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I usually do this

$ wc questions
  33   36 3105 questions
$ seq 1 33 > nums
$ paste nums questions
1       Content
2       ...
.
.
33      End Content

but I feel there could be faster way to do this, without the bad-looking dummy file. How with some basic *ix -tool? Any simpler way to do it? I use Vim so I am happy also with Vim-based solution but simple unix-based solution also works (actually probably better in some cases, I can always spawn inside the editor).

Below a general case.

Input

A
B
C
.
.
X

Output

1. A
2. B
3. C
.
.
N. X
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6 Answers

up vote 3 down vote accepted

Just for the completeness of this list, sed can also do it:

sed '=' questions | sed 'N;s/\n/. /'

Sadly the = command prints the line numbers on separate line, so only a separated sed call can beautify the formatting.

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This is exactly what nl is for. For example, assuming file.txt contains your sample input, and you want it to look like your sample output, you could do:

nl -nln '-s. ' file.txt

The manpage for nl goes into greater detail on its use. It gives you a lot of control over the output format.

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Wow. I've been using *IX since the mid 1980's and I'd never used or heard of nl. –  Kyle Jones Mar 8 '12 at 4:37
    
I had to look it up, but according to FreeBSD, it dates to SVR2. –  James Sneeringer Mar 8 '12 at 4:46
    
surely not POSIX. It's not on OpenBSD. Though I knew it existed before but I will strongly advise not to use it in scripts. A little "idx=0;for i in cat file; do echo $idx $i; idx=eval $idx + 1 ; done" should do the trick (didn't test, but surely you see the point). You could use an editor like vim/view to look at the file and configure it to print line numbers too, you'll have syntax colors as well hey. –  Aki Mar 8 '12 at 5:10
2  
@Aki: The FreeBSD manpage from 4.7-RELEASE onward claims it conforms to POSIX.1, and it's listed in the Single Unix Specification version 2. –  James Sneeringer Mar 8 '12 at 14:21
3  
To number all line, it also needs -ba. otherwise it numbers only non-blank lines and yet still prints the un-numbered blank lines, meaning that the line numbers don't increment to reflect the actual number of newlines... This fixes it: nl -nln -ba -s'. ' –  Peter.O Mar 8 '12 at 23:11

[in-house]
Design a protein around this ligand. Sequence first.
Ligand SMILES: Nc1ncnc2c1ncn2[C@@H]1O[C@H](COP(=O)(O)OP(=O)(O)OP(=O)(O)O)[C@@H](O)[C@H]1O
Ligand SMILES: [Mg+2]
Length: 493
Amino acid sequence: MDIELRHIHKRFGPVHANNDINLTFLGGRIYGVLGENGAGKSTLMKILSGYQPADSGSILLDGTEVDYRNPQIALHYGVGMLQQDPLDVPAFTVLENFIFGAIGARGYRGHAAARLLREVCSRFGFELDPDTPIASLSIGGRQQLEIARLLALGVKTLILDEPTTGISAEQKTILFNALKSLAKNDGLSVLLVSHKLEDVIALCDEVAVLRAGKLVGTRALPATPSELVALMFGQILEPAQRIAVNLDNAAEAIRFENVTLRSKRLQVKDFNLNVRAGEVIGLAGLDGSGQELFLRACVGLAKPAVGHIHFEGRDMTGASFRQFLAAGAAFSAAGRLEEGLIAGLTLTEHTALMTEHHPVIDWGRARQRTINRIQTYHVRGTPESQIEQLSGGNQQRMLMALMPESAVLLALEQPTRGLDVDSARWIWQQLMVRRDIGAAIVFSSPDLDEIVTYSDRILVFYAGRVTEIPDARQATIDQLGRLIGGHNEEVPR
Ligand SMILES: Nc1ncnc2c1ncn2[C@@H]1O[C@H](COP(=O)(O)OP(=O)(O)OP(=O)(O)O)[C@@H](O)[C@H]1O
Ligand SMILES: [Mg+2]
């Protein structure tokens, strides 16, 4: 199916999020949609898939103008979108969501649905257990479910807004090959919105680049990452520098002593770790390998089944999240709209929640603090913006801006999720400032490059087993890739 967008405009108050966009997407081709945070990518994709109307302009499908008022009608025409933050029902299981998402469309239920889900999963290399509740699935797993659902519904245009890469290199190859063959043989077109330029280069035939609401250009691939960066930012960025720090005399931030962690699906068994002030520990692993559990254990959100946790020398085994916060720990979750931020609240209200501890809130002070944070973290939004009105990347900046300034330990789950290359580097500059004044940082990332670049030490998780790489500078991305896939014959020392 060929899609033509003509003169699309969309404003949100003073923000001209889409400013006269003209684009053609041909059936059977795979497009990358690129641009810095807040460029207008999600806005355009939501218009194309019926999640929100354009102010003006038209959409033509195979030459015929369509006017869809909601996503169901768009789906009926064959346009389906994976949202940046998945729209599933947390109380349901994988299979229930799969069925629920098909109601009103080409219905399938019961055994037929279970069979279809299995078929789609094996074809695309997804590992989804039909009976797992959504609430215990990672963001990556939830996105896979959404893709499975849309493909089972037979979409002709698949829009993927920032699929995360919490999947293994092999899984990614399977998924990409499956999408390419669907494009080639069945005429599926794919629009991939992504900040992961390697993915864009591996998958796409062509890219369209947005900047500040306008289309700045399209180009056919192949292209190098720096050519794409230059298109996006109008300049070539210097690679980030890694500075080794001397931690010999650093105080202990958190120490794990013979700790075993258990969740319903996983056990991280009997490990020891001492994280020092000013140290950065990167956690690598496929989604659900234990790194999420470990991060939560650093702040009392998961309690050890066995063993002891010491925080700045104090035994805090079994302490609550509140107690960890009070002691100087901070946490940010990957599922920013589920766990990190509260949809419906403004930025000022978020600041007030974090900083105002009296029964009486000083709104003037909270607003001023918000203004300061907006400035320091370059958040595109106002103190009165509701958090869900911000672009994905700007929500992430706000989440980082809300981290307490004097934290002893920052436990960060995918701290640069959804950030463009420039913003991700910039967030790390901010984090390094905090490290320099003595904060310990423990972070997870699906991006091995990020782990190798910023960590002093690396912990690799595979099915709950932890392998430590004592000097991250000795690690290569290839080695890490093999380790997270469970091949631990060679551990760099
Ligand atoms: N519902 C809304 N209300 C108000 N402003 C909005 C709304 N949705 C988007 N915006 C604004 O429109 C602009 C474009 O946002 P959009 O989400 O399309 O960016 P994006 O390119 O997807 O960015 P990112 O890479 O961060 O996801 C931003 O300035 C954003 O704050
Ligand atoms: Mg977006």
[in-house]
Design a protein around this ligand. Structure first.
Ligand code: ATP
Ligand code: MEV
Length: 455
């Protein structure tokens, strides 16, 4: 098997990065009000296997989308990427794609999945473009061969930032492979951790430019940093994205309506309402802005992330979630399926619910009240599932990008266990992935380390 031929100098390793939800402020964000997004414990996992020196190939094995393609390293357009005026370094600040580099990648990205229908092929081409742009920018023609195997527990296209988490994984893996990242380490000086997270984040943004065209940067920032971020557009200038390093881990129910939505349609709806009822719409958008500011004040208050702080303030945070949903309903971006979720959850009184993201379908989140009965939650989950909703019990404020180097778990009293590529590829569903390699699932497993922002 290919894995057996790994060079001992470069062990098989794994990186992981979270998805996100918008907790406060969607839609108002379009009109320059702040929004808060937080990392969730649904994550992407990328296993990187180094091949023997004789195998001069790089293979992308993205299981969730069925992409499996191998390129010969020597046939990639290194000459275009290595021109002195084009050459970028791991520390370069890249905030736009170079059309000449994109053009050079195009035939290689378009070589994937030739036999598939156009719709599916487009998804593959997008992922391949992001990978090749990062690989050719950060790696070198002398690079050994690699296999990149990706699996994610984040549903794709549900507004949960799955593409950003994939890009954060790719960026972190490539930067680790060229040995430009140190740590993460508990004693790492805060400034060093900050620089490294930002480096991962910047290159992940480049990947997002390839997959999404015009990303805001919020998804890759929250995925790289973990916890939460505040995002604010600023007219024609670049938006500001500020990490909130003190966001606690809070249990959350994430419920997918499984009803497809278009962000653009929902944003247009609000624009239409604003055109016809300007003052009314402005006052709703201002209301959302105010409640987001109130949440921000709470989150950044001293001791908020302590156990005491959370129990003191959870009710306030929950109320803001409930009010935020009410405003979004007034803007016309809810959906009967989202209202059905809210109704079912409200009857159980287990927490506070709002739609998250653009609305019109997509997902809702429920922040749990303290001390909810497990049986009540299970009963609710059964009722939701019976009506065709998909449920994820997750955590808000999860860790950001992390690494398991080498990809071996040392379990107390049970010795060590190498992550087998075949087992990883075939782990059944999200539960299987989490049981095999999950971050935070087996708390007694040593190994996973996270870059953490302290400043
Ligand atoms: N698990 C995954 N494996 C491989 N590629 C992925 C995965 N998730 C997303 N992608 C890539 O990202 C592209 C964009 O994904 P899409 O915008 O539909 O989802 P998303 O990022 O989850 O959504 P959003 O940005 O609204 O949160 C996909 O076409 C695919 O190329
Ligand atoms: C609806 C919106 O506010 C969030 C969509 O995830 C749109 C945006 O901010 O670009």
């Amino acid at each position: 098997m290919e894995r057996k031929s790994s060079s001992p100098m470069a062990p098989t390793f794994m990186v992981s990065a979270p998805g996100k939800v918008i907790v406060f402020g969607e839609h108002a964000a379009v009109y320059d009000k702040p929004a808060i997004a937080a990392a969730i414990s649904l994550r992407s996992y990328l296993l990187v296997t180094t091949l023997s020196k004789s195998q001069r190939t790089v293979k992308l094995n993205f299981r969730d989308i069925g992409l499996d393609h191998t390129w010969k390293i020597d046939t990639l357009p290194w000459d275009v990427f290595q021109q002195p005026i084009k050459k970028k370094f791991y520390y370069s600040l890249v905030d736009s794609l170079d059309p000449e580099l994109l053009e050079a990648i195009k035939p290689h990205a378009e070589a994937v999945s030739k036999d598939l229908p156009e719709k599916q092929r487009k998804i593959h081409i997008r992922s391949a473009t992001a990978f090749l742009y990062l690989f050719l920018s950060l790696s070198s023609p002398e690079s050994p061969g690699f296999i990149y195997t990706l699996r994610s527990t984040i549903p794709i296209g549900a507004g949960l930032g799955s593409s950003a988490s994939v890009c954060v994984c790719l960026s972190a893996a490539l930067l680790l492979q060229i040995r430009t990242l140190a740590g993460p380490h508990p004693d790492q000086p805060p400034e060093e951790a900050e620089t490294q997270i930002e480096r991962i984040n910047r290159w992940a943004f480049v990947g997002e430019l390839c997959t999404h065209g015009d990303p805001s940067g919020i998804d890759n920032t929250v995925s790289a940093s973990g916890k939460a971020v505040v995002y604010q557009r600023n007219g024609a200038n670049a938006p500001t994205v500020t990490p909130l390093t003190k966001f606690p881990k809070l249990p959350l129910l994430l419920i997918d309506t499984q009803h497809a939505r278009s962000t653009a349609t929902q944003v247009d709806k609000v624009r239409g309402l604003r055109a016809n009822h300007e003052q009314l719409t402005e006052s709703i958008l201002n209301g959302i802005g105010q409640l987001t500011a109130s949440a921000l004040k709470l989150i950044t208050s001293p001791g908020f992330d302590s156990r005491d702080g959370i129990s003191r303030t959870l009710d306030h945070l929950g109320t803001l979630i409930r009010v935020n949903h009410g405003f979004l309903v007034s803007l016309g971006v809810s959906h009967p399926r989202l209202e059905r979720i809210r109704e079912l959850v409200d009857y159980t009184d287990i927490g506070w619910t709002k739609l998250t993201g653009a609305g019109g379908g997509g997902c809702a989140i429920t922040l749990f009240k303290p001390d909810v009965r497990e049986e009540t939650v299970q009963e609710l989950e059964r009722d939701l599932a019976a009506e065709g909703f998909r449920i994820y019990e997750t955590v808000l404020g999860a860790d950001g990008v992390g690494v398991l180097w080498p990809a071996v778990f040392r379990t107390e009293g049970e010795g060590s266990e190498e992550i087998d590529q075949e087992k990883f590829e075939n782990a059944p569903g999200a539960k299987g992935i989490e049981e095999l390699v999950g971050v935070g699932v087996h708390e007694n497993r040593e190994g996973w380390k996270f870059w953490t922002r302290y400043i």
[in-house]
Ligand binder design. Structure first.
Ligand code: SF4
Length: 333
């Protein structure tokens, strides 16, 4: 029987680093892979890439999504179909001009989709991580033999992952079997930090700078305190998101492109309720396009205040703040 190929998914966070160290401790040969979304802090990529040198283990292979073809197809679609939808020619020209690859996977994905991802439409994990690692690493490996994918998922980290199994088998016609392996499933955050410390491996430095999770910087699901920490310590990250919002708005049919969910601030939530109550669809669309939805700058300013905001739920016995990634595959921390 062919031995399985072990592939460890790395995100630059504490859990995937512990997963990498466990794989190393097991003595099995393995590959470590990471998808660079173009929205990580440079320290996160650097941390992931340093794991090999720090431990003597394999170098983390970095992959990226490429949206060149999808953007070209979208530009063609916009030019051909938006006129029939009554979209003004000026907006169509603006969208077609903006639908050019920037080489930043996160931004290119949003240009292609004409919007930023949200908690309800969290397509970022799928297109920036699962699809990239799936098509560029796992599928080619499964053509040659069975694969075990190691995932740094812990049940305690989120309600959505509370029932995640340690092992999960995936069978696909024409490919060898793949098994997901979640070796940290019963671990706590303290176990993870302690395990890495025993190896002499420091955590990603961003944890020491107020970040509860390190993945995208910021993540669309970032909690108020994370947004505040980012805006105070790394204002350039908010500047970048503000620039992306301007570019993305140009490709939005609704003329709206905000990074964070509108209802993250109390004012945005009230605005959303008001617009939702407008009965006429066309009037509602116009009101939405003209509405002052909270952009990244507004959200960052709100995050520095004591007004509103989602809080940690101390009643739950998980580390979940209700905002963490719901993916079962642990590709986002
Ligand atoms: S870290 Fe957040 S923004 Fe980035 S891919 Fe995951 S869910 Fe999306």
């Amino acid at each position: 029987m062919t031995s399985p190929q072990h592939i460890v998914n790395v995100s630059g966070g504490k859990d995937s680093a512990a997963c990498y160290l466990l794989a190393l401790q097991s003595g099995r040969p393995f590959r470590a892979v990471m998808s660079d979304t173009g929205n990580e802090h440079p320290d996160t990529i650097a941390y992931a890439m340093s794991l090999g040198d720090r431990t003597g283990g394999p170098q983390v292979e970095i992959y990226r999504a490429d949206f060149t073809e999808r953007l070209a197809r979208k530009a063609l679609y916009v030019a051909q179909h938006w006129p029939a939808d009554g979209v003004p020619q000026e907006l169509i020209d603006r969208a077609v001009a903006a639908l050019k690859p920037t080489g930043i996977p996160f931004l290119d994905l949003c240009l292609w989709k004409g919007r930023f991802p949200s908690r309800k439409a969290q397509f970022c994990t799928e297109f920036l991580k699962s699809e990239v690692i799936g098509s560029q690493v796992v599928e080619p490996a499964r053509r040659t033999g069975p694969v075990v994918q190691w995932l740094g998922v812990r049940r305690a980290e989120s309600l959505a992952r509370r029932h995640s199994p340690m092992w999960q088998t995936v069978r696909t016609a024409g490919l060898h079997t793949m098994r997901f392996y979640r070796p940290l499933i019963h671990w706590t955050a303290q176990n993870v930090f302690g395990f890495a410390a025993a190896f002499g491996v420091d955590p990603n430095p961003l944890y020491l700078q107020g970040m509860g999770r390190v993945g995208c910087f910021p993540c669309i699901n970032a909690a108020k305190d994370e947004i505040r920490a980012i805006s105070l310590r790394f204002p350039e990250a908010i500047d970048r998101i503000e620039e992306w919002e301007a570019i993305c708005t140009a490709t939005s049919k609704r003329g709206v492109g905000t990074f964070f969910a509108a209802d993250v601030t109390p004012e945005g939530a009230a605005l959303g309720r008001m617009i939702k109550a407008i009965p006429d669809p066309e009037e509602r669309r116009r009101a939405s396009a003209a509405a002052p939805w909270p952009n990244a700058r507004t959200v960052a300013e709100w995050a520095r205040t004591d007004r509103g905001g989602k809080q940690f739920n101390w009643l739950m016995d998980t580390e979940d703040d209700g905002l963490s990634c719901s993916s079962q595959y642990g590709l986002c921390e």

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I'm surprised cat -n hasn't been mentioned by now.

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3  
Too standard. It can make things portable... –  Aki Mar 8 '12 at 5:13
    
I just mentioned that cat -n in another comment. I was surprised that the -n option isn't part of the Single Unix Specification. –  D.Shawley Mar 8 '12 at 22:36
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In Vim you could add line numbers to the actual text of a buffer like this:

:%s/^/\=printf('%5d. ',line('.'))

The \= (see :help sub-replace-expression) lets the replacement string be treated as a VimL expression. The expression used here is a simple formatting of the current line number.

You could make it a bit fancier by automatically calculating and using a minimal width (instead of the “hard coded” 5, as above) for the current number of lines in the file:

:%s/^/\=printf('%*d. ',len(line('$')),line('.'))

Or, left-justified:

:%s/^/\=printf('%d.%*s ',line('.'),len(line('$'))-len(line('.')),'')

Of course, if you just want to see the line numbers and do not care to have them actually in the buffer’s data, then you should just use

:set number

From the shell, you might find cat -n or pr -tn useful.

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Sweet. He could even map the commands to a key. But for the first example I'd rather write a shell script and execute it than open the file on vim and enter this command each time (or press a key) and quit vim then print my file. –  Aki Mar 8 '12 at 5:12
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Not sure what your constraints are regarding the separation between the number and the data, but i'd do: grep -n '^' questions. That would output:

1:Content
2:...


33:End Content
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1  
Using just . as the regex, it will not output blank lines... Using '.*' will . –  Peter.O Mar 8 '12 at 8:10
2  
So will ^ as the regex. –  Ladadadada Mar 8 '12 at 17:13
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Some other solutions:

Exactly what you were doing, without the temporary file:

seq 1 $(wc -l questions | cut -f 1 -d " ") | paste - questions

But cat -n is much better as above fails if the questions file change between the call to wc and paste.

If you want to avoid creating a process you could:

{ N=1; while read line; do printf "%d %s\n" $N "$line"; N=$(($N + 1)); done; } < questions

But do not try the above if you have a large file, especially because the following bash bug.

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You can spare the cut. When wc processes STDIN outputs no file name: seq 1 $(wc -l < questions) | paste - questions –  manatwork Mar 16 '12 at 15:59
    
In this case, cut does not process STDIN output, it process the questions file. –  jfgagne Mar 16 '12 at 16:01
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